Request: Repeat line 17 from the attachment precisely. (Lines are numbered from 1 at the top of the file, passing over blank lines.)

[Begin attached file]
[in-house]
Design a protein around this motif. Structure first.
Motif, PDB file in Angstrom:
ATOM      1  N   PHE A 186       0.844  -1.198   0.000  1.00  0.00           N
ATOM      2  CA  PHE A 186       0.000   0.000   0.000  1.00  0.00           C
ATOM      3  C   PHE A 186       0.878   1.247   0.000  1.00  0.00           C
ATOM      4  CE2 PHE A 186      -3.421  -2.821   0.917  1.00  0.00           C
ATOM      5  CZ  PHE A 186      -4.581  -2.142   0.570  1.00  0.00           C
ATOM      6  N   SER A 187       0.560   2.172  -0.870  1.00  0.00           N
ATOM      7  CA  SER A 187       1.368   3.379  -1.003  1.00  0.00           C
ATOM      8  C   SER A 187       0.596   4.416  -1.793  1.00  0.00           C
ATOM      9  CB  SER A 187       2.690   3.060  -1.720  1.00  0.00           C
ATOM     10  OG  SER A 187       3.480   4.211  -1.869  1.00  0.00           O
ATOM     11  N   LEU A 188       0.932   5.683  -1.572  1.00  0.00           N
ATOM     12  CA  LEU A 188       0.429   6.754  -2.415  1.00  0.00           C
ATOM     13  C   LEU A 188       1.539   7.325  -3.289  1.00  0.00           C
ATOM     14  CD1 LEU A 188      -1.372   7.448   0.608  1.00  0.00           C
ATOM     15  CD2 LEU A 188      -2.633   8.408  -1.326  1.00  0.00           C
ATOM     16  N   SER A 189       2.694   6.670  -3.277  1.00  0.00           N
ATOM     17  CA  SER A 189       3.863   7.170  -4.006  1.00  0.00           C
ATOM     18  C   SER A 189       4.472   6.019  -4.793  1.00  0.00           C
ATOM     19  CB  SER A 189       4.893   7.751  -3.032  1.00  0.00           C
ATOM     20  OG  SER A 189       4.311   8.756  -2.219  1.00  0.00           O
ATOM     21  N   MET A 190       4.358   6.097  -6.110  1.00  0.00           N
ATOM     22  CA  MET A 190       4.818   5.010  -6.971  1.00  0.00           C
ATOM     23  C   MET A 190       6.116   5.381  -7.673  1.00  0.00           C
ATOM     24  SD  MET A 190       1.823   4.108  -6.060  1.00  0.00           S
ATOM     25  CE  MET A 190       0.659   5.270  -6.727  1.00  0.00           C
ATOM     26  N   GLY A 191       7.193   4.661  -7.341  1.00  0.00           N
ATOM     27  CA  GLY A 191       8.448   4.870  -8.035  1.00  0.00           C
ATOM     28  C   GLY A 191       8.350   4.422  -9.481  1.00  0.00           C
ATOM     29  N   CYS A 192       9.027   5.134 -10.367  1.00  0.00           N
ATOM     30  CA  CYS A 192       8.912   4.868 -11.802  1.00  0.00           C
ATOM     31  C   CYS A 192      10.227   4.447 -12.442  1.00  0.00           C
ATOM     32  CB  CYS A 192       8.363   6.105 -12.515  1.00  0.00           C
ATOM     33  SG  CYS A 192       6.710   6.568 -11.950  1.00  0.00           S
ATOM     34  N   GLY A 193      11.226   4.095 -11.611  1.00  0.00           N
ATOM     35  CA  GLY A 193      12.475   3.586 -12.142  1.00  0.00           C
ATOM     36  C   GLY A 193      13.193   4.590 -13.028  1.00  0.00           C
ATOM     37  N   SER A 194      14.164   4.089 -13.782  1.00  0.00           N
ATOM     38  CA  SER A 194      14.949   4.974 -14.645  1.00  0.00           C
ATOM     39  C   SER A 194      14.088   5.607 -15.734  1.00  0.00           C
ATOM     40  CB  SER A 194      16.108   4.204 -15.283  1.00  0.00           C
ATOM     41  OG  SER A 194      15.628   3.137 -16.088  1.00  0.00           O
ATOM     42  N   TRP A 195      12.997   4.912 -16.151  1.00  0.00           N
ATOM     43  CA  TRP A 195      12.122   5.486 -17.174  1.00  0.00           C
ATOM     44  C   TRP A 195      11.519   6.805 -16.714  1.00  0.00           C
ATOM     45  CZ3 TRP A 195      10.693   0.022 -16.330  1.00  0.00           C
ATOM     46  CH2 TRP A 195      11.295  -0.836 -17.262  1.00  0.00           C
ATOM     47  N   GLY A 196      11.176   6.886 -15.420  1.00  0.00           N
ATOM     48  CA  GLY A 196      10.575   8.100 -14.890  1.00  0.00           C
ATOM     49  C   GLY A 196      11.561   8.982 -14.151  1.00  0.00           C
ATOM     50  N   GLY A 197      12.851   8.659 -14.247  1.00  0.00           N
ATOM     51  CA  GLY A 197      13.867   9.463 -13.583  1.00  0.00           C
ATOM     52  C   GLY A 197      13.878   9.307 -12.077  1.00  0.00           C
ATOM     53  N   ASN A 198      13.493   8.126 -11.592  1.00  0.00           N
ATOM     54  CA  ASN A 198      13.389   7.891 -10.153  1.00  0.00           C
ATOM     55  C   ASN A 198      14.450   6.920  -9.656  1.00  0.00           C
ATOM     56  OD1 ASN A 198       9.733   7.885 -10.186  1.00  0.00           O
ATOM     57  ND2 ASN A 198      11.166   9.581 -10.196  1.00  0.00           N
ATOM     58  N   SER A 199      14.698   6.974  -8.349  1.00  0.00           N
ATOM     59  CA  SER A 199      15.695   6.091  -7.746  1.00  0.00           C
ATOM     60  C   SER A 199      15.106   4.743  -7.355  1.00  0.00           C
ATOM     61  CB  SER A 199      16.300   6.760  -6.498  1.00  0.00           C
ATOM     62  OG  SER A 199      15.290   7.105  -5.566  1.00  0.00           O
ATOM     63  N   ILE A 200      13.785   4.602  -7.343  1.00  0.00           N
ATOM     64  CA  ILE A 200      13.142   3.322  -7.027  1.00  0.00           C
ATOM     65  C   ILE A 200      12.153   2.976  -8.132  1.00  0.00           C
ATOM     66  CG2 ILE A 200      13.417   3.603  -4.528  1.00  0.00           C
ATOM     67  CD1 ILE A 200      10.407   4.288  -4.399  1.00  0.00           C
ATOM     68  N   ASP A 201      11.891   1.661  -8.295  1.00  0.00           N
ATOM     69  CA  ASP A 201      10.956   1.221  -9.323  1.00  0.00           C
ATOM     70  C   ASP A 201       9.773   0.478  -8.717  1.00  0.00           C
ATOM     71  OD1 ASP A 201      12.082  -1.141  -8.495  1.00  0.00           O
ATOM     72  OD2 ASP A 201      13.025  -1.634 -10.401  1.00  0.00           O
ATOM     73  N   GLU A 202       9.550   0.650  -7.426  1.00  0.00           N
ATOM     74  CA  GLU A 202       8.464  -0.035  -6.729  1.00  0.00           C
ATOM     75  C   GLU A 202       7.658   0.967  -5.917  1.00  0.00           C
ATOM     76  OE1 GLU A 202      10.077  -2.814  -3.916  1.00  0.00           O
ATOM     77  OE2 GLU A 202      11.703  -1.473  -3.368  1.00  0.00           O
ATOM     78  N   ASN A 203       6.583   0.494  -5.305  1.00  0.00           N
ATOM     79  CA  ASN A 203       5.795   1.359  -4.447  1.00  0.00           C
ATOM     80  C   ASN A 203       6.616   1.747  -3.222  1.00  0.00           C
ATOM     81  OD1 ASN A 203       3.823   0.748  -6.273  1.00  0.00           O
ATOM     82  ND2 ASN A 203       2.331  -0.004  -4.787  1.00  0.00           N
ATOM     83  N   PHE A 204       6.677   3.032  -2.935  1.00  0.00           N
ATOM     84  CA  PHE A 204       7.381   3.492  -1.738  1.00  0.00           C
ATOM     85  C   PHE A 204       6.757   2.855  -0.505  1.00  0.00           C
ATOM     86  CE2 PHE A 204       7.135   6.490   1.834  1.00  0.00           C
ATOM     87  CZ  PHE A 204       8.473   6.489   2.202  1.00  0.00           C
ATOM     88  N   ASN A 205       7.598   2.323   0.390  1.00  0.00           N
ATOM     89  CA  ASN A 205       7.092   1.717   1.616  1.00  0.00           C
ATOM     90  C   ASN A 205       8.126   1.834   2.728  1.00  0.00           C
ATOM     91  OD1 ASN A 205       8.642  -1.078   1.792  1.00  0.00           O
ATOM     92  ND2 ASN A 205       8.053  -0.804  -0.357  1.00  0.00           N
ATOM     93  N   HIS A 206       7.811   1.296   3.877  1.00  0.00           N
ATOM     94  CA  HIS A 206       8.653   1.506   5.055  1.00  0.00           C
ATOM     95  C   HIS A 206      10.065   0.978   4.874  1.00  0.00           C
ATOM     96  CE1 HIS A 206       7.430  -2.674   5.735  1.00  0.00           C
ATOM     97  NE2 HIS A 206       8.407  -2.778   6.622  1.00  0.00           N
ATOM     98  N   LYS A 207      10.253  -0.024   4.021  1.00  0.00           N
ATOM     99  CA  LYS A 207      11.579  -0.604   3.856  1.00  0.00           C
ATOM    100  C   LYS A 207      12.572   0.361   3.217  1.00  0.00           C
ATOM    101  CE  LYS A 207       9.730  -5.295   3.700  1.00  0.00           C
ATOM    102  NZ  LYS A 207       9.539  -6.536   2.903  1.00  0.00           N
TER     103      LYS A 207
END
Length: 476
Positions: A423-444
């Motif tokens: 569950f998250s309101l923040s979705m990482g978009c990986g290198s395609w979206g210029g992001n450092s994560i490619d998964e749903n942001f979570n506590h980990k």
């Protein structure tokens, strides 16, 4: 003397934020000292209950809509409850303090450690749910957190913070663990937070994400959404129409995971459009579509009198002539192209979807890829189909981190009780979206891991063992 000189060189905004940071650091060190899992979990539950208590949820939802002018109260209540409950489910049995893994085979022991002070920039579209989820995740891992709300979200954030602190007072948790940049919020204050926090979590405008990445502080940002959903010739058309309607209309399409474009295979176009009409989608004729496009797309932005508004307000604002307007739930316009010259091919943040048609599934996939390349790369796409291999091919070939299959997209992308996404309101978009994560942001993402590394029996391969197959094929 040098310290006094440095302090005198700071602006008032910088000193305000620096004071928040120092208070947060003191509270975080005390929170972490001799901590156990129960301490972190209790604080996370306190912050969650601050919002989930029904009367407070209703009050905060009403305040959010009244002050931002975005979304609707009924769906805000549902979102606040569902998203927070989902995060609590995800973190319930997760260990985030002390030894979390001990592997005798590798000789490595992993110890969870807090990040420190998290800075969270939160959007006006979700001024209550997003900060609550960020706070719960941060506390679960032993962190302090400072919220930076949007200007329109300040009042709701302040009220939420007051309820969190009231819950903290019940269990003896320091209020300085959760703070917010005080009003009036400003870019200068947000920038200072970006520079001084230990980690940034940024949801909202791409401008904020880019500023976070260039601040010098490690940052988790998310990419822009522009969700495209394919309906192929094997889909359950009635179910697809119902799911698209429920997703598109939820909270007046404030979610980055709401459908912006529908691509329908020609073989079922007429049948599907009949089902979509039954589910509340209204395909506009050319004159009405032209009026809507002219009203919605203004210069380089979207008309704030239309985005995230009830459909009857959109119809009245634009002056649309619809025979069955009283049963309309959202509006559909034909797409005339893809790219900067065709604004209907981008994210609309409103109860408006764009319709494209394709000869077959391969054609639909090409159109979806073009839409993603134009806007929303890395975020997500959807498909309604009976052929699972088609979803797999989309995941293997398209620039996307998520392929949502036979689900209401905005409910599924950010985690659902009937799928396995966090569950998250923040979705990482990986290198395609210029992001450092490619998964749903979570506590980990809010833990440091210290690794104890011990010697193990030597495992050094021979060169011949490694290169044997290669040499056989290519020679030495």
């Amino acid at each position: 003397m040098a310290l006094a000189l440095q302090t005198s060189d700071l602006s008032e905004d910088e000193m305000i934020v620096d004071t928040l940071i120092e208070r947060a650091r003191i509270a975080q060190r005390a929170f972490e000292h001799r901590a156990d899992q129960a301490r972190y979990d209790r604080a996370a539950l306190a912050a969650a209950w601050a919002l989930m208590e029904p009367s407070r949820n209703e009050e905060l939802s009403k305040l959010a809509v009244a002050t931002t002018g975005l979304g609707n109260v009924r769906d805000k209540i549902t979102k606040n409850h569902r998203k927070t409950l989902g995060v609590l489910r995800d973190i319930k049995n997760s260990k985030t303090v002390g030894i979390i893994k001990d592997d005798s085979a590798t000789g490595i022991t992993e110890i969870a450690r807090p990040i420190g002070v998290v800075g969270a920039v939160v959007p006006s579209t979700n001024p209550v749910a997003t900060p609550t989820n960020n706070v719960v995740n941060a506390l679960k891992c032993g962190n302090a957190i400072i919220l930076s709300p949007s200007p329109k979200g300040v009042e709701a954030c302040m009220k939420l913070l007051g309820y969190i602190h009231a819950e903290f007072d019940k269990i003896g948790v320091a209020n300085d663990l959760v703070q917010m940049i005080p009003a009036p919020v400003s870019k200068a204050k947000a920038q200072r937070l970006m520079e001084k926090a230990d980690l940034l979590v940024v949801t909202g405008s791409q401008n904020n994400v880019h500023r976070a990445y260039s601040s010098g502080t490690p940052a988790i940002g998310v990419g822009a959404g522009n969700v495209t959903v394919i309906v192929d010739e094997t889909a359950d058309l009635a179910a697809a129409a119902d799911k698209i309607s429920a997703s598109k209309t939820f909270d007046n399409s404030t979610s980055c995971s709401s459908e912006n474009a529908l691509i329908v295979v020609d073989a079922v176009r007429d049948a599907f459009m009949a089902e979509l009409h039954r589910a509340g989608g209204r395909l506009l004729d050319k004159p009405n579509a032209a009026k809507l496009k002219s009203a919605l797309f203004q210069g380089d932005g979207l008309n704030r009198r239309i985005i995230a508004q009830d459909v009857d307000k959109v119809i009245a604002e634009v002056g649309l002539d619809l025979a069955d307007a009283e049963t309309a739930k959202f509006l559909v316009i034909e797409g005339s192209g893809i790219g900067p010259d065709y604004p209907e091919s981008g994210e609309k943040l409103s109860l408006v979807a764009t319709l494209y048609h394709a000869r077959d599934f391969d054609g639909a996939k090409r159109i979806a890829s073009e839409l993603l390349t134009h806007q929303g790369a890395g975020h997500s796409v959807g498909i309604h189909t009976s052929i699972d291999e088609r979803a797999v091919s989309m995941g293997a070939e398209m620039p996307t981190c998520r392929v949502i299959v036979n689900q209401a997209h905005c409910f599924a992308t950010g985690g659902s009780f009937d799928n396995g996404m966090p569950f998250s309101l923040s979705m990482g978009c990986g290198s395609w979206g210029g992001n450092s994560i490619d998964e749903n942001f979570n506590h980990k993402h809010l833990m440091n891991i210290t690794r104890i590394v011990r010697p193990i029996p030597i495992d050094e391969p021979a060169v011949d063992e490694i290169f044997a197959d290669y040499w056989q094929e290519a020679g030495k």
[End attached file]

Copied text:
ATOM     14  CD1 LEU A 188      -1.372   7.448   0.608  1.00  0.00           C